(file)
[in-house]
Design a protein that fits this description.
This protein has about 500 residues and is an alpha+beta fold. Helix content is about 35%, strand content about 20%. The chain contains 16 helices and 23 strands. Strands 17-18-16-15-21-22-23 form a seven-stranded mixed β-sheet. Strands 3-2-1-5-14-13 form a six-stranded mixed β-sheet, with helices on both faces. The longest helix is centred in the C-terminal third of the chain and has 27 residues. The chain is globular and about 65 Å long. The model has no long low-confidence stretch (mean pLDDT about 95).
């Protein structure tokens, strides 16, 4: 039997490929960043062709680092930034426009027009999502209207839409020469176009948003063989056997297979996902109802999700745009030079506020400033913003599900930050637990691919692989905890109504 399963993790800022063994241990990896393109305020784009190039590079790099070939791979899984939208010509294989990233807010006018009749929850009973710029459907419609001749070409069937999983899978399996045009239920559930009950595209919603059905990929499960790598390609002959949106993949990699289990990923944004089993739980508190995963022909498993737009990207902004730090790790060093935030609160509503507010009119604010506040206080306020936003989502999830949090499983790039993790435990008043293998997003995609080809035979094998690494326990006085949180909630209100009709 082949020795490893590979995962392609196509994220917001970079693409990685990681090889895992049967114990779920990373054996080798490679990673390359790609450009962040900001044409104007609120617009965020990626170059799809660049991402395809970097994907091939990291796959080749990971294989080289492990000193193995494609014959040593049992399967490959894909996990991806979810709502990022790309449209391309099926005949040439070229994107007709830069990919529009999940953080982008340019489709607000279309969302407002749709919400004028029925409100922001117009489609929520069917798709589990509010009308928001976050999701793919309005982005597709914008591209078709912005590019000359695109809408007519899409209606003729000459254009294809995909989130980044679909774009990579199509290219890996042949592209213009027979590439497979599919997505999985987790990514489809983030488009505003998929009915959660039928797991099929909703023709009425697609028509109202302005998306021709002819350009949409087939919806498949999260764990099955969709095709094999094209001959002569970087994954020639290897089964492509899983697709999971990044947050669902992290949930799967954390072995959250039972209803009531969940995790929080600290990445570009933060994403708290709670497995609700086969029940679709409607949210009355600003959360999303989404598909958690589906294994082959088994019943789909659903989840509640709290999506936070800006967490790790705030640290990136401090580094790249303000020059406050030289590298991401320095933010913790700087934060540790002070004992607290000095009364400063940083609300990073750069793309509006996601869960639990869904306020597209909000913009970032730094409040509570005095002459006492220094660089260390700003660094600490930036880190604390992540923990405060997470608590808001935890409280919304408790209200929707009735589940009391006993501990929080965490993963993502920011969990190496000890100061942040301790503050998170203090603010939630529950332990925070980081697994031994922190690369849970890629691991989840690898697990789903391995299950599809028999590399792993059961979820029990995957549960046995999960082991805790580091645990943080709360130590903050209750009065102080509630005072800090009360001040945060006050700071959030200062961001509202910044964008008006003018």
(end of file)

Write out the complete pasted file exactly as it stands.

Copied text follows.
[in-house]
Design a protein that fits this description.
This protein has about 500 residues and is an alpha+beta fold. Helix content is about 35%, strand content about 20%. The chain contains 16 helices and 23 strands. Strands 17-18-16-15-21-22-23 form a seven-stranded mixed β-sheet. Strands 3-2-1-5-14-13 form a six-stranded mixed β-sheet, with helices on both faces. The longest helix is centred in the C-terminal third of the chain and has 27 residues. The chain is globular and about 65 Å long. The model has no long low-confidence stretch (mean pLDDT about 95).
């Protein structure tokens, strides 16, 4: 039997490929960043062709680092930034426009027009999502209207839409020469176009948003063989056997297979996902109802999700745009030079506020400033913003599900930050637990691919692989905890109504 399963993790800022063994241990990896393109305020784009190039590079790099070939791979899984939208010509294989990233807010006018009749929850009973710029459907419609001749070409069937999983899978399996045009239920559930009950595209919603059905990929499960790598390609002959949106993949990699289990990923944004089993739980508190995963022909498993737009990207902004730090790790060093935030609160509503507010009119604010506040206080306020936003989502999830949090499983790039993790435990008043293998997003995609080809035979094998690494326990006085949180909630209100009709 082949020795490893590979995962392609196509994220917001970079693409990685990681090889895992049967114990779920990373054996080798490679990673390359790609450009962040900001044409104007609120617009965020990626170059799809660049991402395809970097994907091939990291796959080749990971294989080289492990000193193995494609014959040593049992399967490959894909996990991806979810709502990022790309449209391309099926005949040439070229994107007709830069990919529009999940953080982008340019489709607000279309969302407002749709919400004028029925409100922001117009489609929520069917798709589990509010009308928001976050999701793919309005982005597709914008591209078709912005590019000359695109809408007519899409209606003729000459254009294809995909989130980044679909774009990579199509290219890996042949592209213009027979590439497979599919997505999985987790990514489809983030488009505003998929009915959660039928797991099929909703023709009425697609028509109202302005998306021709002819350009949409087939919806498949999260764990099955969709095709094999094209001959002569970087994954020639290897089964492509899983697709999971990044947050669902992290949930799967954390072995959250039972209803009531969940995790929080600290990445570009933060994403708290709670497995609700086969029940679709409607949210009355600003959360999303989404598909958690589906294994082959088994019943789909659903989840509640709290999506936070800006967490790790705030640290990136401090580094790249303000020059406050030289590298991401320095933010913790700087934060540790002070004992607290000095009364400063940083609300990073750069793309509006996601869960639990869904306020597209909000913009970032730094409040509570005095002459006492220094660089260390700003660094600490930036880190604390992540923990405060997470608590808001935890409280919304408790209200929707009735589940009391006993501990929080965490993963993502920011969990190496000890100061942040301790503050998170203090603010939630529950332990925070980081697994031994922190690369849970890629691991989840690898697990789903391995299950599809028999590399792993059961979820029990995957549960046995999960082991805790580091645990943080709360130590903050209750009065102080509630005072800090009360001040945060006050700071959030200062961001509202910044964008008006003018």